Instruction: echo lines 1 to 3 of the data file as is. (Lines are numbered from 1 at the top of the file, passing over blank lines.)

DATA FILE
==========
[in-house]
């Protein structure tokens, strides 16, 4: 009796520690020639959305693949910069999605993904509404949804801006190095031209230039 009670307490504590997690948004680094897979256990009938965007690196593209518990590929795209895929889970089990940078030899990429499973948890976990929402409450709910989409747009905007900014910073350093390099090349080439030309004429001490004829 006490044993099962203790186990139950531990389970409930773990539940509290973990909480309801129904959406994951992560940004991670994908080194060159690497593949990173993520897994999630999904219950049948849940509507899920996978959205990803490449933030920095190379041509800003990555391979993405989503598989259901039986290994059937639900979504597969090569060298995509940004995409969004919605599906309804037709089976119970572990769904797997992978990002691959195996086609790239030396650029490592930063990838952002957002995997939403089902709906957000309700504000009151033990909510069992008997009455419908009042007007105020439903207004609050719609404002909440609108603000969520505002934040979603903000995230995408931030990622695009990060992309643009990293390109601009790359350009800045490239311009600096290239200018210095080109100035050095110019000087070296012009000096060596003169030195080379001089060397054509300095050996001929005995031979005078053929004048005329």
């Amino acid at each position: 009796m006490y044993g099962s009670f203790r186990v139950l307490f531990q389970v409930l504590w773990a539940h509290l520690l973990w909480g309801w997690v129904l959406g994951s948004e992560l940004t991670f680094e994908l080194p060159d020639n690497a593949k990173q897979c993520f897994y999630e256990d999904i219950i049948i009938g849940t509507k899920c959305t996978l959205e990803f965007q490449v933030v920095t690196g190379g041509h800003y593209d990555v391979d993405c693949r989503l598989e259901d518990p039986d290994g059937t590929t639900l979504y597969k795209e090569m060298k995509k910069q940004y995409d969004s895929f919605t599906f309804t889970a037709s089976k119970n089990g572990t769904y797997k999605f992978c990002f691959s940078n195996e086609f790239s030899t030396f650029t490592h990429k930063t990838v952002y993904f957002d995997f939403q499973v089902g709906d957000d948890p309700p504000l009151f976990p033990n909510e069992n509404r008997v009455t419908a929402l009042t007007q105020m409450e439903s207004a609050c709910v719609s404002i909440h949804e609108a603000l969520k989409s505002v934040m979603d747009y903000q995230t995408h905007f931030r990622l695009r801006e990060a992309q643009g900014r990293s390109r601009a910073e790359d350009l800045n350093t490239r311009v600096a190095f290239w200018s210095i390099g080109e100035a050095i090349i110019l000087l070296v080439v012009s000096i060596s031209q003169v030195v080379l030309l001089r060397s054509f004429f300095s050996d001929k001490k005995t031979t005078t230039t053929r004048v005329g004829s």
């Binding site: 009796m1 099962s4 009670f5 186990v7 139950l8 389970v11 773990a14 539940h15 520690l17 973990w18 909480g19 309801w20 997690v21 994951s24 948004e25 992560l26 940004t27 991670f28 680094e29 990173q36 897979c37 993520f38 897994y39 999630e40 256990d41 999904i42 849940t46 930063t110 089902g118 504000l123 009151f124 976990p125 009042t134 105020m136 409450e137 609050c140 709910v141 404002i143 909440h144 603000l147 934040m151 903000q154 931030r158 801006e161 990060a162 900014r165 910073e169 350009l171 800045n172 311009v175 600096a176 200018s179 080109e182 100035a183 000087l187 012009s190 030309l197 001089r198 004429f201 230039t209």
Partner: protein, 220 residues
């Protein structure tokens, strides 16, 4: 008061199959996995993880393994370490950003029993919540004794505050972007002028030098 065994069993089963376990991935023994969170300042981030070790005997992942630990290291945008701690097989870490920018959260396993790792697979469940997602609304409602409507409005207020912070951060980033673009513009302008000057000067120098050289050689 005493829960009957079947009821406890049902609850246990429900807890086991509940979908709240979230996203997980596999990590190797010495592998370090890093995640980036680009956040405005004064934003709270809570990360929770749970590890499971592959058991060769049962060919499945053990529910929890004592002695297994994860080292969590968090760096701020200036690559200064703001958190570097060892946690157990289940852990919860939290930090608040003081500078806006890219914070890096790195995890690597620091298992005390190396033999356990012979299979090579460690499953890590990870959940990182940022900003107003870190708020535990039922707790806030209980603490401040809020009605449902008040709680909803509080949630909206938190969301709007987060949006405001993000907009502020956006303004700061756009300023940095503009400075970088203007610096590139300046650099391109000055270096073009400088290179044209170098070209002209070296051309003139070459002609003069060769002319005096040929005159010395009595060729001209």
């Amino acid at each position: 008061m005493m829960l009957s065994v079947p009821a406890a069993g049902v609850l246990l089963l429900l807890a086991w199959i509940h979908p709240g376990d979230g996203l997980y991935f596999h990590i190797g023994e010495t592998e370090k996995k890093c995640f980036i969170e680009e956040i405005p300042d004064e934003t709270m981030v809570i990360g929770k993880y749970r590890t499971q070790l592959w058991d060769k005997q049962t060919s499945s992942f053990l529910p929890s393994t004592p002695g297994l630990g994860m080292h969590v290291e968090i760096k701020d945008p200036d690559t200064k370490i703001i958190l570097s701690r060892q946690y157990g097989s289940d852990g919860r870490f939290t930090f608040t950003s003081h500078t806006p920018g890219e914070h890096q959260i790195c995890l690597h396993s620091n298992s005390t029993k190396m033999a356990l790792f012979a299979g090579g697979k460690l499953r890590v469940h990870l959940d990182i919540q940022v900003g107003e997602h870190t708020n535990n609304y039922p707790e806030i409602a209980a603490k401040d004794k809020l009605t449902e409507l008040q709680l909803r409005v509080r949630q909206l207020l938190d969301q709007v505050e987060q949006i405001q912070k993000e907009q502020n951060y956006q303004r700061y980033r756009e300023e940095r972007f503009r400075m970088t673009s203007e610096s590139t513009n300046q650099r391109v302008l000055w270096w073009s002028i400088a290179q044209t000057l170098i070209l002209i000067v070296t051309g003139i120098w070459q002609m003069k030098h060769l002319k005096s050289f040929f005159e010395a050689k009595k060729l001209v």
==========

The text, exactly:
[in-house]
């Protein structure tokens, strides 16, 4: 009796520690020639959305693949910069999605993904509404949804801006190095031209230039 009670307490504590997690948004680094897979256990009938965007690196593209518990590929795209895929889970089990940078030899990429499973948890976990929402409450709910989409747009905007900014910073350093390099090349080439030309004429001490004829 006490044993099962203790186990139950531990389970409930773990539940509290973990909480309801129904959406994951992560940004991670994908080194060159690497593949990173993520897994999630999904219950049948849940509507899920996978959205990803490449933030920095190379041509800003990555391979993405989503598989259901039986290994059937639900979504597969090569060298995509940004995409969004919605599906309804037709089976119970572990769904797997992978990002691959195996086609790239030396650029490592930063990838952002957002995997939403089902709906957000309700504000009151033990909510069992008997009455419908009042007007105020439903207004609050719609404002909440609108603000969520505002934040979603903000995230995408931030990622695009990060992309643009990293390109601009790359350009800045490239311009600096290239200018210095080109100035050095110019000087070296012009000096060596003169030195080379001089060397054509300095050996001929005995031979005078053929004048005329």
């Amino acid at each position: 009796m006490y044993g099962s009670f203790r186990v139950l307490f531990q389970v409930l504590w773990a539940h509290l520690l973990w909480g309801w997690v129904l959406g994951s948004e992560l940004t991670f680094e994908l080194p060159d020639n690497a593949k990173q897979c993520f897994y999630e256990d999904i219950i049948i009938g849940t509507k899920c959305t996978l959205e990803f965007q490449v933030v920095t690196g190379g041509h800003y593209d990555v391979d993405c693949r989503l598989e259901d518990p039986d290994g059937t590929t639900l979504y597969k795209e090569m060298k995509k910069q940004y995409d969004s895929f919605t599906f309804t889970a037709s089976k119970n089990g572990t769904y797997k999605f992978c990002f691959s940078n195996e086609f790239s030899t030396f650029t490592h990429k930063t990838v952002y993904f957002d995997f939403q499973v089902g709906d957000d948890p309700p504000l009151f976990p033990n909510e069992n509404r008997v009455t419908a929402l009042t007007q105020m409450e439903s207004a609050c709910v719609s404002i909440h949804e609108a603000l969520k989409s505002v934040m979603d747009y903000q995230t995408h905007f931030r990622l695009r801006e990060a992309q643009g900014r990293s390109r601009a910073e790359d350009l800045n350093t490239r311009v600096a190095f290239w200018s210095i390099g080109e100035a050095i090349i110019l000087l070296v080439v012009s000096i060596s031209q003169v030195v080379l030309l001089r060397s054509f004429f300095s050996d001929k001490k005995t031979t005078t230039t053929r004048v005329g004829s």